Such thoughts originate from the same bias. When you get promoted or receive recognition, you feel you have truly earned it. If your rival wins the reward instead, you believe people are taking sides.

I am not ruling out politics in an organization. I am only referring to how your mind thinks when you encounter such a situation.

Usually, the person who earned the reward had done something you missed to do. The right mindset is to look for an area to improve than assume harmful intentions.

3. Self Improvements

Finding self improvement

When things do not go as desired, you have two choices:

  • An opportunity to look back and evaluate what you could have done better
  • Find an excuse for the outcome

Here are some example scenarios:

  • Having a tussle with your friend
  • Losing money due to a lousy stock purchase
  • Scolding your kid for not listening to your words

In each of these cases, you can find a reason for your bad behavior. Maybe your friend started the argument. Maybe an expert suggested a poor stock. Maybe your kid is too arrogant.

But look at the same situation from a different angle. You could have changed your behavior and caused a different outcome if you wanted to.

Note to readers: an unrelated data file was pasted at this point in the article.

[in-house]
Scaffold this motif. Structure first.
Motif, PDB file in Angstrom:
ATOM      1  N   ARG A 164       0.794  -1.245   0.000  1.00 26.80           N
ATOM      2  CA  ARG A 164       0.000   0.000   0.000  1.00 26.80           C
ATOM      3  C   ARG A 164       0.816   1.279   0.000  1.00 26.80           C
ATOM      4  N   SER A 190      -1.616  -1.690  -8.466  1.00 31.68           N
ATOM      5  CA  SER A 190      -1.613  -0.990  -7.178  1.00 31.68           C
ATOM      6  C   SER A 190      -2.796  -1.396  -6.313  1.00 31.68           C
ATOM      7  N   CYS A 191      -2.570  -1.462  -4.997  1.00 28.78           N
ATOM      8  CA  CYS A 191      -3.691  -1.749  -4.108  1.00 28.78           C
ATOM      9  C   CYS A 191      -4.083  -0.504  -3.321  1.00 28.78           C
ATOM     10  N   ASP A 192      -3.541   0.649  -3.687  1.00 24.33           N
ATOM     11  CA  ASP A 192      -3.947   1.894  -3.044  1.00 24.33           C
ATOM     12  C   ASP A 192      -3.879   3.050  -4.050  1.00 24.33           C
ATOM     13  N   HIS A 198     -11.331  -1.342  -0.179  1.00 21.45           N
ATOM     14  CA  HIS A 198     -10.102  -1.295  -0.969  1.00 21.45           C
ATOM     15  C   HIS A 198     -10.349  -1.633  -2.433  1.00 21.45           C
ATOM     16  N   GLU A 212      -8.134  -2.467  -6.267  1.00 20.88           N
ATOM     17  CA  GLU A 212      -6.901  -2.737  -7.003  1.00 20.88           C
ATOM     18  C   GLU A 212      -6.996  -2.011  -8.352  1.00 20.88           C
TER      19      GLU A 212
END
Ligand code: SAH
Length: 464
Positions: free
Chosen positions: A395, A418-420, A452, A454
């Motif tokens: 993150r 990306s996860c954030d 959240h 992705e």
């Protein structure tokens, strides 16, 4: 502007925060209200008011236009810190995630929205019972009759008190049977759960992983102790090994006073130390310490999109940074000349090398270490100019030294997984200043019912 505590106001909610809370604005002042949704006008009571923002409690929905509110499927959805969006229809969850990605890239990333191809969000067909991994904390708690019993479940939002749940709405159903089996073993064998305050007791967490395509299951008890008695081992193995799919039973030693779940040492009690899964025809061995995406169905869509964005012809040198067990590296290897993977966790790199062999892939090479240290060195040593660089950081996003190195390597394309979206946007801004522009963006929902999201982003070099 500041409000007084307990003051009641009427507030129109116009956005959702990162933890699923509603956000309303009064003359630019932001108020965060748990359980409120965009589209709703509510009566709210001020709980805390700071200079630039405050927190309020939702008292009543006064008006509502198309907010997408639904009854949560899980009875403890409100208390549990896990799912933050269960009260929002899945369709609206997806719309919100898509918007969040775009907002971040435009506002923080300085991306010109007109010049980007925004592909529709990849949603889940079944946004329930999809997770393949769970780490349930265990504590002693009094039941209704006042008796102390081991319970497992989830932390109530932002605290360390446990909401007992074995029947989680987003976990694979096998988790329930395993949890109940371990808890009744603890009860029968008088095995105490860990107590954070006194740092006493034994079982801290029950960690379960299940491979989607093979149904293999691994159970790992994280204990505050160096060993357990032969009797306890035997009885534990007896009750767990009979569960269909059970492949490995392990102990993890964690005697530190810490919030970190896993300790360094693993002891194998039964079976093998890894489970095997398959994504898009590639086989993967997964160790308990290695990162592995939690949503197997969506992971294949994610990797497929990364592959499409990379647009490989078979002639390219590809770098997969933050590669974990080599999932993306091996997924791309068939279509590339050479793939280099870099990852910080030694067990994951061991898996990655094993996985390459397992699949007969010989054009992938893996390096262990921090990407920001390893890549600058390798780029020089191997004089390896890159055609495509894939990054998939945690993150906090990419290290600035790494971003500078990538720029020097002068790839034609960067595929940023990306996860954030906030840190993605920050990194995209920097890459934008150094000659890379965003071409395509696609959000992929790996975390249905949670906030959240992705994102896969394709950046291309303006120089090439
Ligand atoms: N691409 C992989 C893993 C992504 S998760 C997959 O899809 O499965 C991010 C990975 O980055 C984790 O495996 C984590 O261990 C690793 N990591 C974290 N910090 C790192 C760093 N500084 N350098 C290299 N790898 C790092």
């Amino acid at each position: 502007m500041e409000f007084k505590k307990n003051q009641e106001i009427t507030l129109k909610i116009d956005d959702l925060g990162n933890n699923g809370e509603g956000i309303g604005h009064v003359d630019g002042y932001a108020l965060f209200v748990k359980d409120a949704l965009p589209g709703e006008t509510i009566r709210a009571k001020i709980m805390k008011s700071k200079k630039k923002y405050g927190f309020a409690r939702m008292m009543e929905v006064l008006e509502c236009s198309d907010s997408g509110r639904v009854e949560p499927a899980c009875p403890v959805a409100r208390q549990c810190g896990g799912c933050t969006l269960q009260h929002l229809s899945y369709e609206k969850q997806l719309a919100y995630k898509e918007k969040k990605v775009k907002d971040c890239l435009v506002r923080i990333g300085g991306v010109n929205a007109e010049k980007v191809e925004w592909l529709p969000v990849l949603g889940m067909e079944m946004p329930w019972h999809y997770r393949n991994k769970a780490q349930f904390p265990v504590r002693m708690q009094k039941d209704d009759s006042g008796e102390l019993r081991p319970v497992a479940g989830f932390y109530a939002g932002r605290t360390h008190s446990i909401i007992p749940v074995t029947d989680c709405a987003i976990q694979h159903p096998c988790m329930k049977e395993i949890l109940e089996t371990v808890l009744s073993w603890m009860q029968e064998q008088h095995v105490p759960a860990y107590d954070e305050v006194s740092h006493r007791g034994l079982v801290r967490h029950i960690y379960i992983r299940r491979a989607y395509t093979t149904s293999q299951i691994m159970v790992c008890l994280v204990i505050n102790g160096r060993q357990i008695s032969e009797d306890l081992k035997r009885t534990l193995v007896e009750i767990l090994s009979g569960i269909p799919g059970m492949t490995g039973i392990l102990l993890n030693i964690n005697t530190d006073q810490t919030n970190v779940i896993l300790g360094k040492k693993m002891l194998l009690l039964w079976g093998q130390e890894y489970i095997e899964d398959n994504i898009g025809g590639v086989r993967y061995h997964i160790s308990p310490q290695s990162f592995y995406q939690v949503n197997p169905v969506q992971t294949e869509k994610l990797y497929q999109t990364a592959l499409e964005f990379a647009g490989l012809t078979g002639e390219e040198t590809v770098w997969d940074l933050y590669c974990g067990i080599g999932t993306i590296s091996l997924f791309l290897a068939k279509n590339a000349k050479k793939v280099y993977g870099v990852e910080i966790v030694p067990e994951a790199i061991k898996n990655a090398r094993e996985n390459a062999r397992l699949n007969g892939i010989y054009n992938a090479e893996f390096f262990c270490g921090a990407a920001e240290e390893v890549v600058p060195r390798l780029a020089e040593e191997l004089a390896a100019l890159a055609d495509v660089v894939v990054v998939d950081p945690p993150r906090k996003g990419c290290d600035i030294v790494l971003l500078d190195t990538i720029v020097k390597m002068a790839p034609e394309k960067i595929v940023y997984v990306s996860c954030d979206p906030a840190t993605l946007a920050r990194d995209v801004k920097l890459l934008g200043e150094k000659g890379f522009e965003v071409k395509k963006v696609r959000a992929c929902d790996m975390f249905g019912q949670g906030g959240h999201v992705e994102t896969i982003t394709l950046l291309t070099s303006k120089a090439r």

You had the chance to avoid further debate even if your friend brought up an issue first. You could have done your due diligence before buying a stock suggested by some experts. You could have tried a better method to help your kid understand.

Considering the improvement to lie within your internal locus of control is a choice for you to make. Some do, some don’t.

4. Learning a new skill

Learning a new skill takes effort. Let’s say, for example, you decide to learn the guitar after you’re 40 years old. If you manage to get a hang of the instrument, you feel proud of your musical skills. If you struggle, you blame the age factor, the instrument, or the teaching material.

Mastering a new skill depends on your mindset, potential, and effort. Sure, certain restrictions and external factors prevent learning specific skills.

For example, you cannot learn to become a world-class basketball player if you start at 40 or if you’re short. But such real constraints occur only in rare cases.

More often, the self serving bias causes us to pin the blame on an external factor.

5. Tests and interviews

Have you met a candidate or a student who fared poorly in a test? You will find him citing a reason for his bad performance.

  • I could not sleep well last night
  • They never asked a similar question in years
  • The questions were irrelevant